Not paying off U.S. student loans

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Re: Not paying off U.S. student loans

Postby tomthorne » 03 May 2012, 09:49

GuyInTaiwan wrote:What don't you people get about this? I was not the one who dishonoured the contract. Hess stated certain things in their contract. They then changed some of those things. Thus, they were the ones who broke the contract. I walked as a result. I did not initiate the breaking of the contract.



Indeed. It's a complete red herring.

I assume that the OP has done some research.

http://en.wikipedia.org/wiki/Student_lo ... ted_States

It looks to me like defaulting on student loans is pretty much impossible. The debt will just build up and will not be written off. If he returns to the US they'll be looking to get their bit some time in the future.
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Re: Not paying off U.S. student loans

Postby Abacus » 03 May 2012, 10:21

They're really grasping at straws comparing this to a teaching contract. It's legal to break a work contract if you give advance notice. This should actually be worded into a legal teaching contract. it's not legal to fly out of a country with the intention to skip out of what might be 6 figure loan debt. I don't really care about the individual case being discussed. The issue I have with this thread is the extremely careless manner at which people use credit and how they think it will just go away.

I would be interested if the OP has actually consulted with an expert on this matter. He's at least making an attempt to renegotiate the debt but I'm guessing there are some ways that will work and some that won't. Simply calling up your loan company likely won't get great results.
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Re: Not paying off U.S. student loans

Postby GuyInTaiwan » 03 May 2012, 11:15

tom and Abacus: This isn't about red herrings or grasping at straws, it's trolling. They're clearly having a laugh.
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Re: Not paying off U.S. student loans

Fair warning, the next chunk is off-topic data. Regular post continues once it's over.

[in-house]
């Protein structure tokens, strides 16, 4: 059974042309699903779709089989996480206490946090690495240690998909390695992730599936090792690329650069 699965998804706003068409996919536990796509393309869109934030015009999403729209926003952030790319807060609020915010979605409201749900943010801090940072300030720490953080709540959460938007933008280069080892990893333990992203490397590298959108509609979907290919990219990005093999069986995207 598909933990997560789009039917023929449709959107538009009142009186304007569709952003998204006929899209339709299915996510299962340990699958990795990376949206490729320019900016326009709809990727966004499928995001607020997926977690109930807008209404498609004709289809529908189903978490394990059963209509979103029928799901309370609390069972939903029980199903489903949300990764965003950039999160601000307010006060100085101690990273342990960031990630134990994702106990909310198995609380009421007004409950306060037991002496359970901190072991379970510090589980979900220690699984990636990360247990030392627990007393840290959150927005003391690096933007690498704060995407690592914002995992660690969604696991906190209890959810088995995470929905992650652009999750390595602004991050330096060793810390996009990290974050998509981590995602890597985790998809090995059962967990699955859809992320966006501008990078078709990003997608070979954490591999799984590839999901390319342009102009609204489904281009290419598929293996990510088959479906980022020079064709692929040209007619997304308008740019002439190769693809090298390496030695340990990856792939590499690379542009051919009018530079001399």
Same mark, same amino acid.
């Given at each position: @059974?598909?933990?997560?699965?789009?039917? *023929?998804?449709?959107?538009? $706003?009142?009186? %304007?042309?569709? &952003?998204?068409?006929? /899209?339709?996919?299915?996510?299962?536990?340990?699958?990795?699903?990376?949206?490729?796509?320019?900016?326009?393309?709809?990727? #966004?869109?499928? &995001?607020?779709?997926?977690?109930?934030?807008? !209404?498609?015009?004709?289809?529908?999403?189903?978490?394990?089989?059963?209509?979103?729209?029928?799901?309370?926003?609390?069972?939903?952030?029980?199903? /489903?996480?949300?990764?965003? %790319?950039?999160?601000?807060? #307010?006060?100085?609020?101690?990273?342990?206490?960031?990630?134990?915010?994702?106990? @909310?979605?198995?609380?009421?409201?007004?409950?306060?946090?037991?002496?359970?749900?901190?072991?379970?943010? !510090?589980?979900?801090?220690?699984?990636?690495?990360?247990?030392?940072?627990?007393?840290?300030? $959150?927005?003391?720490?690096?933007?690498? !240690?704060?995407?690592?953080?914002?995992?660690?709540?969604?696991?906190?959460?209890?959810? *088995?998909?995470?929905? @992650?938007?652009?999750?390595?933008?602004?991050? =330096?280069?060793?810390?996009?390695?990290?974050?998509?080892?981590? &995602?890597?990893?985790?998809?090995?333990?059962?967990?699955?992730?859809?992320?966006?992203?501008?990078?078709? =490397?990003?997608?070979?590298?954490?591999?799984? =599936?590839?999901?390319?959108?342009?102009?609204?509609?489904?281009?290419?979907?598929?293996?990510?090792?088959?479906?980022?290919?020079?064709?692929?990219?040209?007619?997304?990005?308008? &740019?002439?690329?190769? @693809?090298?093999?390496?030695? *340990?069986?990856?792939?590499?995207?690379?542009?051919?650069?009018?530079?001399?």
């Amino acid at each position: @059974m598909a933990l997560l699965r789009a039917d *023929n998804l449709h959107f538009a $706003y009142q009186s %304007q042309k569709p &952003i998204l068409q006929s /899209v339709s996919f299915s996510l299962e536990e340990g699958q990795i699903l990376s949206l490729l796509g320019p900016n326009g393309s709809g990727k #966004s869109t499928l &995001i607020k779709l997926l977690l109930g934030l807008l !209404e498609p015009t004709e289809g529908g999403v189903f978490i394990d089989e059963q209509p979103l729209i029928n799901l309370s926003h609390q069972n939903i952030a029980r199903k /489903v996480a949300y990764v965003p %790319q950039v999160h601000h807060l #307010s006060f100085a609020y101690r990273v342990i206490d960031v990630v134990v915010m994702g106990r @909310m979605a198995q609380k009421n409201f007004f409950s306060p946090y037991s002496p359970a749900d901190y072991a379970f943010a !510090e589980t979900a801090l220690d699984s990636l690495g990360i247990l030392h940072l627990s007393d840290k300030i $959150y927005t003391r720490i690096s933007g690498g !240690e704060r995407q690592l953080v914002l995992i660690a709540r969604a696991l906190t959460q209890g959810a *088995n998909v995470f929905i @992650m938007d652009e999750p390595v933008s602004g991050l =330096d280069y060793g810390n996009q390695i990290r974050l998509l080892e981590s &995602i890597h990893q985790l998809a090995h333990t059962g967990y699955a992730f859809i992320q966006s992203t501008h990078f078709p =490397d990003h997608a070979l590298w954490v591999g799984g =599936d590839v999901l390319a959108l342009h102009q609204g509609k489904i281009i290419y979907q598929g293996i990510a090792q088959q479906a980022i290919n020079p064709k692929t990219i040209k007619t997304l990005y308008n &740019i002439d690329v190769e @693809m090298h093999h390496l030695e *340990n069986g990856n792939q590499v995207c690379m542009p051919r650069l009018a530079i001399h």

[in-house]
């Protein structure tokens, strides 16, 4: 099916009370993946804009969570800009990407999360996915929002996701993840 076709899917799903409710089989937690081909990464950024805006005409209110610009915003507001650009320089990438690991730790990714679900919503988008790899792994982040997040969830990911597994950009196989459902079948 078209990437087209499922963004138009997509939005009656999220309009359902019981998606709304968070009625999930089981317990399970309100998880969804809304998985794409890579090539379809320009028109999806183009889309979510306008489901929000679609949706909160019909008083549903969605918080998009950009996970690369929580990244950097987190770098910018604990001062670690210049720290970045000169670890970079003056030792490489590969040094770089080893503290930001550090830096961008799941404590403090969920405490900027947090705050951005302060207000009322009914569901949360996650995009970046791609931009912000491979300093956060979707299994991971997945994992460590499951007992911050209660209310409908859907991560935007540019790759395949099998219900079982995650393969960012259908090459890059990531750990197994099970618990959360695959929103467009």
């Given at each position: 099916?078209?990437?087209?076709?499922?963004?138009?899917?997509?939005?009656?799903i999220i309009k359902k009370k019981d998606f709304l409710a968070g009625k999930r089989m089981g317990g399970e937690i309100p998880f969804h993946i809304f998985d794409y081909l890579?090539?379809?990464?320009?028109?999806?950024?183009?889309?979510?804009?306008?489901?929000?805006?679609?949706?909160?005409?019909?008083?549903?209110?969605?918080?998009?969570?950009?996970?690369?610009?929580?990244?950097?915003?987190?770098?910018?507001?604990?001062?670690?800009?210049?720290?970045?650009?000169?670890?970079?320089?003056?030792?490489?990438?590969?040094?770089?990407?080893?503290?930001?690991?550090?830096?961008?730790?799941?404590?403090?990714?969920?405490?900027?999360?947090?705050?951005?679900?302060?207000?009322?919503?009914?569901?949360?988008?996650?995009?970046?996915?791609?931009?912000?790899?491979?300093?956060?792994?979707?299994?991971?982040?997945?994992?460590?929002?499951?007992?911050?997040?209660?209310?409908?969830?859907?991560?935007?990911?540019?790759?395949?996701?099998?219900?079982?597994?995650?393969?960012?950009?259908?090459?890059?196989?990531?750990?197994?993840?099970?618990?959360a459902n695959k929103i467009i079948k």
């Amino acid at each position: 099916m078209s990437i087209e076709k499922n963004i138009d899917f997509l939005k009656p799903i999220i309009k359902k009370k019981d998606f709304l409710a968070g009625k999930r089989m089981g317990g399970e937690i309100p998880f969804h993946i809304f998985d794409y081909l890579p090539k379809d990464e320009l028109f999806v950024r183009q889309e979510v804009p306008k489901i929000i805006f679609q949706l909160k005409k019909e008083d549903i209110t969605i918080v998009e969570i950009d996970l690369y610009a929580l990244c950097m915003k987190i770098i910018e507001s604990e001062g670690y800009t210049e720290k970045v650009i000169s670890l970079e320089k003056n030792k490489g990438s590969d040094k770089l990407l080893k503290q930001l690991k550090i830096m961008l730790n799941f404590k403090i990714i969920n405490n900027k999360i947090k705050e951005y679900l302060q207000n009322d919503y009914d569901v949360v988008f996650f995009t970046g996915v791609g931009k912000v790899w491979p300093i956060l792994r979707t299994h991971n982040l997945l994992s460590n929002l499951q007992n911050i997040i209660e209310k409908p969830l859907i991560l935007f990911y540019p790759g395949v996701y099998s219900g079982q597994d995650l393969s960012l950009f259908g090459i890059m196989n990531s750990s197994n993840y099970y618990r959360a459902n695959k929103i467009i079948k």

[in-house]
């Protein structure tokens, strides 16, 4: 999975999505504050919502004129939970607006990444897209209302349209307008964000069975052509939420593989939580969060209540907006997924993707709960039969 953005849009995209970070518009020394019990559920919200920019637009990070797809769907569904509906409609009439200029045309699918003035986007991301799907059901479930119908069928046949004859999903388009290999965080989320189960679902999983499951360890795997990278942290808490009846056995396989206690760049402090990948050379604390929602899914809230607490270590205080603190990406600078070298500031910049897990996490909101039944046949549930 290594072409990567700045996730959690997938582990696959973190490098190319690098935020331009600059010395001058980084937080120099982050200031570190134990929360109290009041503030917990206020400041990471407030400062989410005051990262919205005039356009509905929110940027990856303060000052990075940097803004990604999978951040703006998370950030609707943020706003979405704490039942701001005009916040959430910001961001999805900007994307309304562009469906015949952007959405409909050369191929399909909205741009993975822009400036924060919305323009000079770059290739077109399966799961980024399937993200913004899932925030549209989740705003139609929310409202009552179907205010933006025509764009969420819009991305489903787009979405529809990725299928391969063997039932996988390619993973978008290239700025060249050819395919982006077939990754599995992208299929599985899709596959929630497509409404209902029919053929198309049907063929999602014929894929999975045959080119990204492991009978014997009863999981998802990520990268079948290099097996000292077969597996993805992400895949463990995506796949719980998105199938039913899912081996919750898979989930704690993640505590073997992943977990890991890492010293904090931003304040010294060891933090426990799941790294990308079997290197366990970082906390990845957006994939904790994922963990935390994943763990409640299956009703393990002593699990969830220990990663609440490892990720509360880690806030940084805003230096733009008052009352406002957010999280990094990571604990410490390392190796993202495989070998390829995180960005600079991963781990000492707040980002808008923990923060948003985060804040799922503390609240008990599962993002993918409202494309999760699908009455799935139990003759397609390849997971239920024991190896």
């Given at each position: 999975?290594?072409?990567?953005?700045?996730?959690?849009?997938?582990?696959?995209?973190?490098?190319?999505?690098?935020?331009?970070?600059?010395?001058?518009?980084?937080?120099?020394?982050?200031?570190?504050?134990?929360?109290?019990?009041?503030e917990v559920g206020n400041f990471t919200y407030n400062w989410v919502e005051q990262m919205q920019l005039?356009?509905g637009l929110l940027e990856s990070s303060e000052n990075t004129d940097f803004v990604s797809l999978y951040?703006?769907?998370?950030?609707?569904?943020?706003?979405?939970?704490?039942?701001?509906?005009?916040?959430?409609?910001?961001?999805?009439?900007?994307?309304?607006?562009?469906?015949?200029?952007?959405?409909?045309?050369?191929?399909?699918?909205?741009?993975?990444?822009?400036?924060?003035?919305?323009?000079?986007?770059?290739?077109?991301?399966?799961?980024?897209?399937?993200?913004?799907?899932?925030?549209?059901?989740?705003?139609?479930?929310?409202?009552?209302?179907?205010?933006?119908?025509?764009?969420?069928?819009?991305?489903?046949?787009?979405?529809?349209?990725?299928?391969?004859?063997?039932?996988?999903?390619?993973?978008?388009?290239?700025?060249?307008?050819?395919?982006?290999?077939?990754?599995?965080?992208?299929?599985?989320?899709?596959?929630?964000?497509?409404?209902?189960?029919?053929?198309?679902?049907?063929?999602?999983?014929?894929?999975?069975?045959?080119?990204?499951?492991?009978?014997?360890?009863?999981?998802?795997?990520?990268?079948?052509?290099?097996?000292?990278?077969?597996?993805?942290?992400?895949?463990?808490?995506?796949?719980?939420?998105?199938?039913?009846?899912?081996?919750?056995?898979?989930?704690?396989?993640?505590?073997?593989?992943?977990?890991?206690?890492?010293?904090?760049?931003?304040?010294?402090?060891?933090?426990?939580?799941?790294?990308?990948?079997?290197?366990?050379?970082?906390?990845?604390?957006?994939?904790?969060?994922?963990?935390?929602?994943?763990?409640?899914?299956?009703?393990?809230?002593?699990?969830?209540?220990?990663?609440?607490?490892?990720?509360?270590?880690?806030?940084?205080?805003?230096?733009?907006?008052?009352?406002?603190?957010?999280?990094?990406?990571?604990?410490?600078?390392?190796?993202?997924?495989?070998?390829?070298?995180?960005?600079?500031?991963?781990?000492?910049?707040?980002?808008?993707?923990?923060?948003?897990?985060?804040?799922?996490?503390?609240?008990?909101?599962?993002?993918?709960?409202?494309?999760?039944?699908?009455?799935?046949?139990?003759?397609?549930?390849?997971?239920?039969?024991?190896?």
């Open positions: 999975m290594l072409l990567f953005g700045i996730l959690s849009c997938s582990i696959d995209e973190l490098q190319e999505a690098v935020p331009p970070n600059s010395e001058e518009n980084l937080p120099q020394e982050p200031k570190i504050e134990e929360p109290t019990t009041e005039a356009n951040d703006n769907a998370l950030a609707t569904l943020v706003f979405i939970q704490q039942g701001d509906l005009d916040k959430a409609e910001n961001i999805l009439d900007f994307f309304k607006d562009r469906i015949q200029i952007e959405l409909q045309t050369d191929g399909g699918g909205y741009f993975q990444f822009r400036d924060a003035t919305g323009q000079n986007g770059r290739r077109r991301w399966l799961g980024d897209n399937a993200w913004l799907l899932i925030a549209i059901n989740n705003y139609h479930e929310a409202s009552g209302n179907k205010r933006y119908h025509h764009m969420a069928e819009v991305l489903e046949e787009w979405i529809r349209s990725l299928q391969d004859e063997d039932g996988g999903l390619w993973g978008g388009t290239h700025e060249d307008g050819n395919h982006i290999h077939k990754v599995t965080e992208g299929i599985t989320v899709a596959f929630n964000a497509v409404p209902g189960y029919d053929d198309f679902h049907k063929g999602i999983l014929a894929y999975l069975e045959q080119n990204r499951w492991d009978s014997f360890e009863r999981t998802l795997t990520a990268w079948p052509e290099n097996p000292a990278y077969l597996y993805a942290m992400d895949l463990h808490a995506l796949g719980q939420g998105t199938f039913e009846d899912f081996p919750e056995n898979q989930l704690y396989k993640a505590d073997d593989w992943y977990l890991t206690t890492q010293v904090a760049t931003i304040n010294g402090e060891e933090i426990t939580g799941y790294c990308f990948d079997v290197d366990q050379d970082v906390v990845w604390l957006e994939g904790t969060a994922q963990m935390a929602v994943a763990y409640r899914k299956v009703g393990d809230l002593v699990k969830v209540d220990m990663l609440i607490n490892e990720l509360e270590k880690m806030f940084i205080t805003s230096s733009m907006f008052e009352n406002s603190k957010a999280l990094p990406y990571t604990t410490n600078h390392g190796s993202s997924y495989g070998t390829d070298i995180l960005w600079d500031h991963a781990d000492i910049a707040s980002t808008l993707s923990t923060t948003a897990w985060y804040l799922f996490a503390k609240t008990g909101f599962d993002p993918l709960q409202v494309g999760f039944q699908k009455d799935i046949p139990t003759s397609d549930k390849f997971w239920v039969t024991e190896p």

Postby Teddoman » 03 May 2012, 12:04

GuyInTaiwan wrote:That's why they (Hess) get away with it though: in the main, they're bullying people straight out of college who have little life experience and are in a foreign culture (i.e. easily pushed around). Fuck that. If, or when, more people (foreign or Taiwanese) start standing up for themselves in this country, things might improve. Until then, they'll keep getting away with it. You have to be prepared to turn it into the Siege of Leningrad a bit (something I kind of relish, but which others might not).

I'm totally upset Hess is taking advantage of young people too. Making inexperienced young people sign contracts where they could be penalized NT$20,000 for early cancellation is, like, really really bad. We should go all Seige of Leningrad on them 'cause it might take me a couple of weeks teaching English to pay off that debt if I'm forced to pay the cancellation fee. That's, like, practically forever. No, that's like, practically US$200,000. No, that's like, practically the cost of private college on only the 9 meal plan when I steal cereal and fruit. No, that's like practically treating a politically weak class of individuals about a zillion times worse than a dodgy Cayman Islands corporation owned by kazillionaires who can default on debt by just walking away anytime. Whatever. Maybe you get my point. Or not. I sure as hell don't remember my point but I'm going all Siege of Leningrad! Arrrrrrrgh!!!

http://www.hess.com.tw/careers/english/workload/ wrote:Being a teacher means your job is not finished when the bell rings. For many of you this position will have more work outside of “working hours” than you are used to.

OK, yeah, I kind of knew what I was getting into when I signed that Hess contract. No, I really totally knew what I was getting into when I signed that Hess contract. But knowing what I was getting into before I sign a contract doesn't matter. It's kind of a he said she said situation. I know that they know that I know that they don't know that I knew but won't let them know that I knew. 'Cause it's what is in the actual contract language. Moral obligations are only what's actually in the contract language, and after you've extensively reviewed the labor law to see if there are any counterclaims and defenses, and after you've like made them submit every time card you ever got stamped for like months and months even after they have to drag out boxes from storage and uses all kinds of man hours to do so, and after they paid for a lawyer to come to the hearing. After that it's not a moral obligation. If I can go all Siege of Leningrad on them with legal technicalities until they realize how expensive it will be to collect from me, then I win. And if I win, then they broke the contract first. 'Cause I said so. 'Cause that's how it works. Siege of Leningrad => I get to lord over any and everybody. 'Cause I went all Siege of Leningrad on them. And once I go all Siege of Leningrad on them, then that means they broke the contract first. 'Cause I am Leningrad. Ich bin Leningrader. Freakin morally bankrupt Westerners. Arrrrrrrrgh!!